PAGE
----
California Civil Code Section 1798.185, part of the California Consumer Privacy Act of 2018 (the “CCPA”), requires the California Attorney General to issue final regulations regarding a number of subjects covered by the CCPA no later than July 1, 2019.  On October 11, 2019, the California Department of Justice issued its long-awaited draft regulations by issuing a Notice of Proposed Rulemaking Action.  The proposed regulations would add new Sections 999.300 through 999.341 to Title 11 of Division 1 of Chapter 20 of the California Code of Regulations, and would clarify and, in some instances, significantly add to or alter, the requirements of the CCPA.

Comment Period

The Attorney General will hold four public hearings from December 2, 2019 through December 5, 2019, in Sacramento, Los Angeles, San Francisco and Fresno.  At these hearings, any member of the public may submit comments on the draft regulations, either orally or in writing.  In addition, any member of the public may submit written comments to the Attorney General until 5:00 p.m. on December 6, 2019.  

Text of Proposed Regulations

The regulations that were proposed by the Attorney General track, in some ways, the topics about which the CCPA requires the Attorney General to issue regulations in California Civil Code Section 1798.185.  In other ways, however, the regulations seek to impose obligations on businesses that are far different from those imposed by the CCPA.  If the proposed regulations are ultimately adopted by the Attorney General without significant revision, they may be the subject of protracted litigation regarding their validity.

 a. Regulations Relating to Notices Under the CCPA

 Businesses had been hoping that the Attorney General’s regulations would provide details regarding how a business should make the various disclosures that are required to be made under the CCPA (for example, disclosures of the various rights that the CCPA provides to consumers).  Unfortunately, the proposed regulations do not provide a large amount of detail regarding how businesses should word these disclosures.  For example, the regulations do not contain sample (or “safe harbor”) language that businesses can use to be confident that they are in compliance with the CCPA’s disclosure requirements.  Nor do the proposed regulations reference any objective metric for determining whether a business’s disclosures comply with the CCPA, including, for example, the Flesch Reading Ease Score or another quantitative metric for determining readability.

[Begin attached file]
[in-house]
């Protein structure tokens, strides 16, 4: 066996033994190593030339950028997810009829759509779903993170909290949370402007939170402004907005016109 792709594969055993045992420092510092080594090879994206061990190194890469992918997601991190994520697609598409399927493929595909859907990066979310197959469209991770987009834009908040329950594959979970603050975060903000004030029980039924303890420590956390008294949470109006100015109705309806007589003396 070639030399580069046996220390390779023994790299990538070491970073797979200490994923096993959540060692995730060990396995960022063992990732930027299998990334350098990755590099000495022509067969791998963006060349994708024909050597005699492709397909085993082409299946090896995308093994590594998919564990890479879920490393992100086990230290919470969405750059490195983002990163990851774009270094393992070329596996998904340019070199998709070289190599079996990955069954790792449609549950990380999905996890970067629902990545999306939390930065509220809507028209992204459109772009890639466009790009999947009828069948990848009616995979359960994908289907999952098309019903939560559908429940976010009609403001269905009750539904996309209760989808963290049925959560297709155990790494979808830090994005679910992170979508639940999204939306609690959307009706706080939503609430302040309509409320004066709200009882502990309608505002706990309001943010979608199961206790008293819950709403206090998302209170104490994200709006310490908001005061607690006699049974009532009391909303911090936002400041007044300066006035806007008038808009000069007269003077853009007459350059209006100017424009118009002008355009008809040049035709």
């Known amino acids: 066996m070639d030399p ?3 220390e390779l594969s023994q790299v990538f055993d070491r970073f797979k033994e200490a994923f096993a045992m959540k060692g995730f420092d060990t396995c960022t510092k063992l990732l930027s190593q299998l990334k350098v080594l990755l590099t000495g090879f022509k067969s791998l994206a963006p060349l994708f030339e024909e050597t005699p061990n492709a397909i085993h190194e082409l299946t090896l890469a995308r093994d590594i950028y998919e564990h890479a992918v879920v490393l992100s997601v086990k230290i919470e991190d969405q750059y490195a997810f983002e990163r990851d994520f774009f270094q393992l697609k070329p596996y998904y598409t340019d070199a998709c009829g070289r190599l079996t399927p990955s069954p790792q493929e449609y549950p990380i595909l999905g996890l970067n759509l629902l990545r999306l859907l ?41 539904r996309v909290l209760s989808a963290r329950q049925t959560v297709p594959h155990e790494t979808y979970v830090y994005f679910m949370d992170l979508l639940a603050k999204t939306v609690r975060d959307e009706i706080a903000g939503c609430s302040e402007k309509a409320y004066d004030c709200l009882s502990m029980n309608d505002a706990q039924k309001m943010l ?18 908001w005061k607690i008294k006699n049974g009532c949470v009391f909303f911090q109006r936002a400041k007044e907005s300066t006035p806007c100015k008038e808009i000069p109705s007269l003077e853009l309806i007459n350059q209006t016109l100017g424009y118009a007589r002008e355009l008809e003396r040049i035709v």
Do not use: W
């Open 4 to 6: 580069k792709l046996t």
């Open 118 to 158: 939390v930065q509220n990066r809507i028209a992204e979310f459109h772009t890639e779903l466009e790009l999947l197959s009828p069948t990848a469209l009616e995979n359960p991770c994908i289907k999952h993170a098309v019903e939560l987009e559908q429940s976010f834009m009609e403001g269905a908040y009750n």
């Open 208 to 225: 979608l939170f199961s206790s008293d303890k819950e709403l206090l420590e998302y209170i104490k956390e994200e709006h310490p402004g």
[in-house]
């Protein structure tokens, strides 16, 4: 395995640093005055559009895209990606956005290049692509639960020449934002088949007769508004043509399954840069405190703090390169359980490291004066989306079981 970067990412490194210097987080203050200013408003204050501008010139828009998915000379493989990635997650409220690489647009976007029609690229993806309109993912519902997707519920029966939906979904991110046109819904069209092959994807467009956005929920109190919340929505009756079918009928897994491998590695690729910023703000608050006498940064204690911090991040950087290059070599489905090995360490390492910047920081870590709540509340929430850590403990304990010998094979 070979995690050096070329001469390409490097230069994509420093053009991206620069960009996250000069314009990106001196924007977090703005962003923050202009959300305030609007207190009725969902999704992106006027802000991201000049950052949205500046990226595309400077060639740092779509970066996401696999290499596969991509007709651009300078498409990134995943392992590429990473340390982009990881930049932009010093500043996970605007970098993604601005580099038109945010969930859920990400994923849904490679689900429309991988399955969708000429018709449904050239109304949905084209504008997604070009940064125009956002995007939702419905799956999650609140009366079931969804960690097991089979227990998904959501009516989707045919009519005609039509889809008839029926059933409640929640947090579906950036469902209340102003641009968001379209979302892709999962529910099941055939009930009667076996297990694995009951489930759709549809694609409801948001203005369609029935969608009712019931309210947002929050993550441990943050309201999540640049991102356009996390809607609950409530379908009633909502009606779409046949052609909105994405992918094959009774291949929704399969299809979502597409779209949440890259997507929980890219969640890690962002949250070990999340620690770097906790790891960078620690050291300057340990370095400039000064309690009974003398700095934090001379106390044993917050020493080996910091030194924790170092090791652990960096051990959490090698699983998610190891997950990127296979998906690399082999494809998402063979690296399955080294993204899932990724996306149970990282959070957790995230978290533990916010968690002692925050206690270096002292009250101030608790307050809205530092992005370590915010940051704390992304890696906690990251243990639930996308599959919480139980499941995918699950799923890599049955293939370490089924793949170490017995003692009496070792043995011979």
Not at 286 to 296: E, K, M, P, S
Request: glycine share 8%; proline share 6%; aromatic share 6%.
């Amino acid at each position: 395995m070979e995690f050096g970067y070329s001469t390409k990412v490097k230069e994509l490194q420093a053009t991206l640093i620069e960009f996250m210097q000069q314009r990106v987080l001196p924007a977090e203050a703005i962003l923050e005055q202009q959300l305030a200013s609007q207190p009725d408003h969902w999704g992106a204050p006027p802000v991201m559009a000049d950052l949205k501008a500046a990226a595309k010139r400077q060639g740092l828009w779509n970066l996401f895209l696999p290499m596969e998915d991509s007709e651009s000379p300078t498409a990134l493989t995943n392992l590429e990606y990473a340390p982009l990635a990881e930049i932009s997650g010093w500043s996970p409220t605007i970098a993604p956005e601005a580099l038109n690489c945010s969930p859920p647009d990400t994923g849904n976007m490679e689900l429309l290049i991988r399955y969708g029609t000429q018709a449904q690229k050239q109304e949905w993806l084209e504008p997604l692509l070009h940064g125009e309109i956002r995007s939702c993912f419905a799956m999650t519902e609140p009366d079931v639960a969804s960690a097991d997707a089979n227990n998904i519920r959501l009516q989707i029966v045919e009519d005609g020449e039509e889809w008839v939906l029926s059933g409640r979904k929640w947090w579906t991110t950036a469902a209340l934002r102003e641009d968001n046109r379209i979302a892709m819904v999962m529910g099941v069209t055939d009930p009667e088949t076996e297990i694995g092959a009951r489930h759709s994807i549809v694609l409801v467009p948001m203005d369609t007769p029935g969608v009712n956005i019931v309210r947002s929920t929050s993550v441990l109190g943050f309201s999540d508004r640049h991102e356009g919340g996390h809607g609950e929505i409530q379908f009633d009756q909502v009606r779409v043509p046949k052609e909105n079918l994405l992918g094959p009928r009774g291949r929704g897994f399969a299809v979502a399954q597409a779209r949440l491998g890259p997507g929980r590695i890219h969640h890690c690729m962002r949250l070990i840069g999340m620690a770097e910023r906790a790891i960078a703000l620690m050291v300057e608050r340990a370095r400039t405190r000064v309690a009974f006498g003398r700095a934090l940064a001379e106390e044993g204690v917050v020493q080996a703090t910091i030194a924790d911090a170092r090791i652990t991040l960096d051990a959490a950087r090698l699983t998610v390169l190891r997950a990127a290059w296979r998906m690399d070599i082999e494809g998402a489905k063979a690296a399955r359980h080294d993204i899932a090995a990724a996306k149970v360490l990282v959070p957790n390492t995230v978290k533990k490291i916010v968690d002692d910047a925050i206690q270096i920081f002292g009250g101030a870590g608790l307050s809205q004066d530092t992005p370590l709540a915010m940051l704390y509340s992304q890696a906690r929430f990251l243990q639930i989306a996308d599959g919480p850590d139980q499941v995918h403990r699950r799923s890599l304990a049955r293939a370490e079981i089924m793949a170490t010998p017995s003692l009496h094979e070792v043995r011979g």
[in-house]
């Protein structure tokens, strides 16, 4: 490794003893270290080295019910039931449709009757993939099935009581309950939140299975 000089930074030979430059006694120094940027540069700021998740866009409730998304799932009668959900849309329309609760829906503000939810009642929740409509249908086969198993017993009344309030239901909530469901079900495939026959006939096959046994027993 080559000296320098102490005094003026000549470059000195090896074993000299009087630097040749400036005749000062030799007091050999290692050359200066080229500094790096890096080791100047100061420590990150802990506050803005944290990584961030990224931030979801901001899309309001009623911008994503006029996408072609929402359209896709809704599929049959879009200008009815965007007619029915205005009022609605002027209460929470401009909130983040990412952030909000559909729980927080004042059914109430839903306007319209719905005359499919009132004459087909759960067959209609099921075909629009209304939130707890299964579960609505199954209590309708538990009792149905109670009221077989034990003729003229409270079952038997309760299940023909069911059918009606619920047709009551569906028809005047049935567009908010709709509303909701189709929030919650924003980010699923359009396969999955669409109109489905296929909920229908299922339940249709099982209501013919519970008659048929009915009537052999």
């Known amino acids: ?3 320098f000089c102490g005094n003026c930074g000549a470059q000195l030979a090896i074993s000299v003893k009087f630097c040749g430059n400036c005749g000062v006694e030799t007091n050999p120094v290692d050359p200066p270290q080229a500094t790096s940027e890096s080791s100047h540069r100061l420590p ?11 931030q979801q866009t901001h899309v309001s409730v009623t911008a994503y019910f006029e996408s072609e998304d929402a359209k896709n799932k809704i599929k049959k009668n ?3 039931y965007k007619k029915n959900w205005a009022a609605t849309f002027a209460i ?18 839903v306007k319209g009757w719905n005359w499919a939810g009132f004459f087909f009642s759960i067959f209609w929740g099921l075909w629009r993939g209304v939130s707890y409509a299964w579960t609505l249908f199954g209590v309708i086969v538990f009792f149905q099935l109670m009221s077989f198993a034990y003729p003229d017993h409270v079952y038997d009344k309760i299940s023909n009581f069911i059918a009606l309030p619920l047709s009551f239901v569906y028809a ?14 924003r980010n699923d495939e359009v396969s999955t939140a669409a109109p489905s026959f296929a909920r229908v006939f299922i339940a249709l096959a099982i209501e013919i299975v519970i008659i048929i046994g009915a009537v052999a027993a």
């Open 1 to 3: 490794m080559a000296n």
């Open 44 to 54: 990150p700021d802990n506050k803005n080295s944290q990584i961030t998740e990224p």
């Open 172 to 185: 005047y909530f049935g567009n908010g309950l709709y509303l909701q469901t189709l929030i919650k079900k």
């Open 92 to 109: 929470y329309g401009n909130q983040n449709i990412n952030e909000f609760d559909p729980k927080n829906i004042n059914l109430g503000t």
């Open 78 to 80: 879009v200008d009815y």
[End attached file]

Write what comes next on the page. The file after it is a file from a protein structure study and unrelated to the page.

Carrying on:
Instead, the proposed regulations provide only generalized guidance regarding disclosures, including that the disclosures of a consumer’s rights under the CCPA must use “plain, straightforward language” and avoid “technical or legal jargon.”  The proposed regulations also require that the notices be made available in the language in which the business usually communicates with the business – a requirement not present in the statute itself that will likely increase the cost of compliance with the CCPA as businesses are forced to translate their CCPA disclosures into multiple languages.

b. Regulations Relating to the Collection and Maintenance of Personal Information

The proposed regulations also include a number of restrictions, not present in the CCPA and of questionable legality, relating to what businesses may do with personal information that they collect.  For example, the proposed regulations prohibit a business from using a consumer’s personal information for any purpose not previously disclosed to the consumer without first obtaining the consumer’s opt-in consent to that use.  This requirement goes far beyond the statutory language of the CCPA, and may not pass legal muster.  In the meantime, such a regulation would severely limit business’s use of personal information that has been collected about consumers, and raises the question of how businesses may use personal information that was collected before the CCPA’s effective date (no disclosures were associated with the collection of that personal information at all).

c. Regulations Relating to the Right to Opt-Out

The proposed regulations contain detailed requirements relating to the right to opt-out.  With respect to the language relating to the disclosure of the right of opt-out, as with the disclosures of the other rights, the proposed regulations do not provide much guidance regarding how businesses should word the disclosure, other than to require the disclosure to be in “plain, straightforward language” and avoid “technical or legal jargon.”  Businesses that interact with consumers primarily offline must provide notice to those consumers by an offline method.  The proposed regulations do clarify what many businesses have been wondering (or perhaps assuming) since the passage of the CCPA – businesses that do not, and will not, sell consumers’ personal information need not include the “Do Not Sell My Personal Information” button on their websites and privacy policies.

In a very significant and burdensome expansion of the statutory language that was passed by the Legislature, the proposed regulations require businesses treat a user-enabled privacy control, including a browser plugin or privacy setting, as a valid verifiable consumer request.  Operationalizing this requirement, if it is ultimately adopted by the Attorney General, will likely be an expensive technological and compliance challenge.

d. Regulations Related to the Submission of Verifiable Consumer Requests